Decision making is the cornerstone of the social sciences. The processes that drive human behaviour are fundamental, not only for individual choices and personal well-being, but they are of foremost importance for our understanding of human interaction and, hence, for the organisation of society as a whole. The social science disciplines, namely, economics, political science, psychology and sociology, are all based on distinct and often conflicting assumptions about human behaviour. In fact, there are frequent discrepancies between the behavioural assumptions in social science modelling approaches and the findings of experimental studies. At the same time, many of the important social issues, such as education, discrimination, migration or inequality, are analysed in several disciplines separately. For a comprehensive understanding of decision making and its consequences for economic and political outcomes, a multidisciplinary research approach, as provided by the Graduate School of Decision Sciences, is therefore essential.
The Graduate School encompasses researchers from a diverse range of disciplines, including economics and finance, computer science, political science, social and cognitive psychology, sociology and statistics. However, instead of being organised along traditional disciplinary borders, the Graduate School concentrates on four broadly defined research areas.
At the centre of the Graduate School is Area A: Behavioural Decision Making. Researchers in this area, who specialise in behavioural economics, microeconomics, sociology and psychology, broadly explore the foundations of human decision processes.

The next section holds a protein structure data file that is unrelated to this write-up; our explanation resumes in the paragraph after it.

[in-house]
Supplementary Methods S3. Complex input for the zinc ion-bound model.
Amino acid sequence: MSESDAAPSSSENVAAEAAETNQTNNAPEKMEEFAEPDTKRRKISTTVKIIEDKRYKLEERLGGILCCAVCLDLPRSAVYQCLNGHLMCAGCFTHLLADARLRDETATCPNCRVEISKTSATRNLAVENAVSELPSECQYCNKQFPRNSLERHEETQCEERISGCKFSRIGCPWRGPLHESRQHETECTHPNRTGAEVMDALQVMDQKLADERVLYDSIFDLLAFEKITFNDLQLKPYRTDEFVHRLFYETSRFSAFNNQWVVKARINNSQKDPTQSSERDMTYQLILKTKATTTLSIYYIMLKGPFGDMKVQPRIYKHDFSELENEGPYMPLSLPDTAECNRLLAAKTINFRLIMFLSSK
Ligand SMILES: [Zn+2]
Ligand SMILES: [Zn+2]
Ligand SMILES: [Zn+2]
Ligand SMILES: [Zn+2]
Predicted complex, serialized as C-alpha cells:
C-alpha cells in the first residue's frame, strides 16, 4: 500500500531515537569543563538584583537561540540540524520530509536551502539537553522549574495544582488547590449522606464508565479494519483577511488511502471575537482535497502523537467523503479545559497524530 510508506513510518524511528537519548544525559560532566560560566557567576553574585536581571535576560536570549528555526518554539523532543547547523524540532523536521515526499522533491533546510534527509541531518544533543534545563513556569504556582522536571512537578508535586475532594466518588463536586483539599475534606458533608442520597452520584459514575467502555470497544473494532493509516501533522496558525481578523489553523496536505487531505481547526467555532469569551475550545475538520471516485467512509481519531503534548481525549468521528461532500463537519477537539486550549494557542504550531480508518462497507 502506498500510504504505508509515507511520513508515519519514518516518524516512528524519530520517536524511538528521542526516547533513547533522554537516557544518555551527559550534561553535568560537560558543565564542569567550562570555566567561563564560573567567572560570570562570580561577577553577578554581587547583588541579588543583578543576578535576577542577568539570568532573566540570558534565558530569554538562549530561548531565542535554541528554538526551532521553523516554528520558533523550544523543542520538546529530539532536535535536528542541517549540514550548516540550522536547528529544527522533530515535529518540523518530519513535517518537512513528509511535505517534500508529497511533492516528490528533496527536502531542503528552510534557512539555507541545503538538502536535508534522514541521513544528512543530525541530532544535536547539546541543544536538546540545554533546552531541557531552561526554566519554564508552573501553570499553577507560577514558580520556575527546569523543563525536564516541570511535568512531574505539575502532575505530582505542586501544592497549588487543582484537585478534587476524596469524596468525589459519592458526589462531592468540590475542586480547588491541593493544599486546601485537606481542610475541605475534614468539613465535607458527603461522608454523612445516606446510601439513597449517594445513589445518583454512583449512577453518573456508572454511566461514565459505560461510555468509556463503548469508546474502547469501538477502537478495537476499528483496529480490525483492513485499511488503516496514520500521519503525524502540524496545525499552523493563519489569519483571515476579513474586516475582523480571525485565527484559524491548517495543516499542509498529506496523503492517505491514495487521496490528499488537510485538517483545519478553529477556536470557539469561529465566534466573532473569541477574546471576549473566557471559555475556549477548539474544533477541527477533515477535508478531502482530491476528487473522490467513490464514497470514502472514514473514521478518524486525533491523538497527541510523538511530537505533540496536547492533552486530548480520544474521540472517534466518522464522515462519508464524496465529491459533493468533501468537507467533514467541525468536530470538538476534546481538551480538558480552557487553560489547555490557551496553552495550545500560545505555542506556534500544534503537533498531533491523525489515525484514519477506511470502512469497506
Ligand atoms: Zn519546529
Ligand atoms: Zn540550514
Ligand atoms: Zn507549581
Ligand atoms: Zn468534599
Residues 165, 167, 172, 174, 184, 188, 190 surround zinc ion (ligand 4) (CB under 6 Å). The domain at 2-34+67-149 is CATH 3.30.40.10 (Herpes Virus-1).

Emanating from this area are two research areas that deal with specific applications of decision and behavioural research. On the one hand, individual decisions, particularly those made over longer planning horizons, are mostly relevant to applications in economics and finance. Researchers from these fields are active in Area B: Intertemporal Choice and Markets.
On the other hand, collective decisions are the keystone for research in political science and political economy. Researchers from these fields are represented in Area C: Political Decisions and Institutions.
Since all researchers of the Graduate School apply various tools to generate and analyse data, Area D: Information Processing and Statistical Analysis supports the other three research areas and encompasses those researchers with a more methodological orientation.
The four research areas of the Graduate School are not isolated from one another. Instead, there are various linkages between them that will be exploited in the development of innovative research questions to be tackled by students enrolled in the Graduate School. Many of the School’s faculty members are naturally assigned to two of the research areas, which reflect their specialisation and interests.